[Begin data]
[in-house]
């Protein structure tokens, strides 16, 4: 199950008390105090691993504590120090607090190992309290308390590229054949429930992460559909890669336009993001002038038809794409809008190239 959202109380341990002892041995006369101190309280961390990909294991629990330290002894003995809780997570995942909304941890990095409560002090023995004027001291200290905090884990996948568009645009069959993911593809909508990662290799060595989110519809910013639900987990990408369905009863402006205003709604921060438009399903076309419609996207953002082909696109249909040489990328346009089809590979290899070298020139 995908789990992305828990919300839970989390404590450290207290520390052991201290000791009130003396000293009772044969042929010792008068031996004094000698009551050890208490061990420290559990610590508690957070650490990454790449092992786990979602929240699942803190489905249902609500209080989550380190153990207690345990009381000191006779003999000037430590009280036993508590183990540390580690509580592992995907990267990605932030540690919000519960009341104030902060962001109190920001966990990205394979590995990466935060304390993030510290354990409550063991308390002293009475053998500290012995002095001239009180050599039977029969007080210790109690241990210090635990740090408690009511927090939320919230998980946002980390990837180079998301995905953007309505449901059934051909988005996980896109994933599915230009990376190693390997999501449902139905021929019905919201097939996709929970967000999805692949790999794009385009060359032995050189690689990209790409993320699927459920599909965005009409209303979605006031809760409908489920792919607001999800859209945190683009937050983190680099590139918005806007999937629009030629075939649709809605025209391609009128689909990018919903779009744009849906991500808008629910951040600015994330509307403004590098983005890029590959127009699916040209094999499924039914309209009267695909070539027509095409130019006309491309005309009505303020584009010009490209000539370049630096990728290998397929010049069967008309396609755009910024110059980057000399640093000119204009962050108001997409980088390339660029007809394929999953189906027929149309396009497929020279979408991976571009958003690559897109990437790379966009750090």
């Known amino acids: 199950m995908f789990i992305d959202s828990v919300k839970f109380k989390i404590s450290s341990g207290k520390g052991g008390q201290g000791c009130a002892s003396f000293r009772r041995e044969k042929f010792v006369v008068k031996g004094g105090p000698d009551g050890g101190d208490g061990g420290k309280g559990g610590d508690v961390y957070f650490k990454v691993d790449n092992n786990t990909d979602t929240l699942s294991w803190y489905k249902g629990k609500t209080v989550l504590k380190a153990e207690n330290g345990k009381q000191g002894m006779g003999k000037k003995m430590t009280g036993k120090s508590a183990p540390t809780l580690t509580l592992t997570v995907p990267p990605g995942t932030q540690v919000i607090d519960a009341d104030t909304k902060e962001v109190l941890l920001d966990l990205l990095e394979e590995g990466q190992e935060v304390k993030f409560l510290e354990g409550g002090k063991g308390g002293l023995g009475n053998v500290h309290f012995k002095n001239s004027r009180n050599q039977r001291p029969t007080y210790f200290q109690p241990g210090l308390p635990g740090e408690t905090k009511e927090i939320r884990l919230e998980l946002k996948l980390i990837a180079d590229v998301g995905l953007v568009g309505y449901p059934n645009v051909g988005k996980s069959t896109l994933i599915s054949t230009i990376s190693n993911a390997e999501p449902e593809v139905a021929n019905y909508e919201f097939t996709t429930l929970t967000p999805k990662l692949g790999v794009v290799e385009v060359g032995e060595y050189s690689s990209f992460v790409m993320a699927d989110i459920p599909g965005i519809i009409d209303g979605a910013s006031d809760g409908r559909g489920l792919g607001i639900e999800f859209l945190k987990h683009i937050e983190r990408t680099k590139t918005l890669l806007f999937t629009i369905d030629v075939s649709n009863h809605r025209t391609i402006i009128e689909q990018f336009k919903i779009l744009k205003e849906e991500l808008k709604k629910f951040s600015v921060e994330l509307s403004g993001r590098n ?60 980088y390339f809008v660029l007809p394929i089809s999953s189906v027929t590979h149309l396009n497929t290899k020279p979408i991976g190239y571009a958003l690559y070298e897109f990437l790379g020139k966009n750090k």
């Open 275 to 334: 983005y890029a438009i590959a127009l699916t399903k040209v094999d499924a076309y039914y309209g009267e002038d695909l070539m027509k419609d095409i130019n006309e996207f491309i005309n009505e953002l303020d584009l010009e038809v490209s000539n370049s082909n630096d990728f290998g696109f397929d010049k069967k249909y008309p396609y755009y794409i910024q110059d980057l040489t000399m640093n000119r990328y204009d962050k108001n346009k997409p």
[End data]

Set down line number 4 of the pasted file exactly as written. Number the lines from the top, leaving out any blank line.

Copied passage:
């Open 275 to 334: 983005y890029a438009i590959a127009l699916t399903k040209v094999d499924a076309y039914y309209g009267e002038d695909l070539m027509k419609d095409i130019n006309e996207f491309i005309n009505e953002l303020d584009l010009e038809v490209s000539n370049s082909n630096d990728f290998g696109f397929d010049k069967k249909y008309p396609y755009y794409i910024q110059d980057l040489t000399m640093n000119r990328y204009d962050k108001n346009k997409p």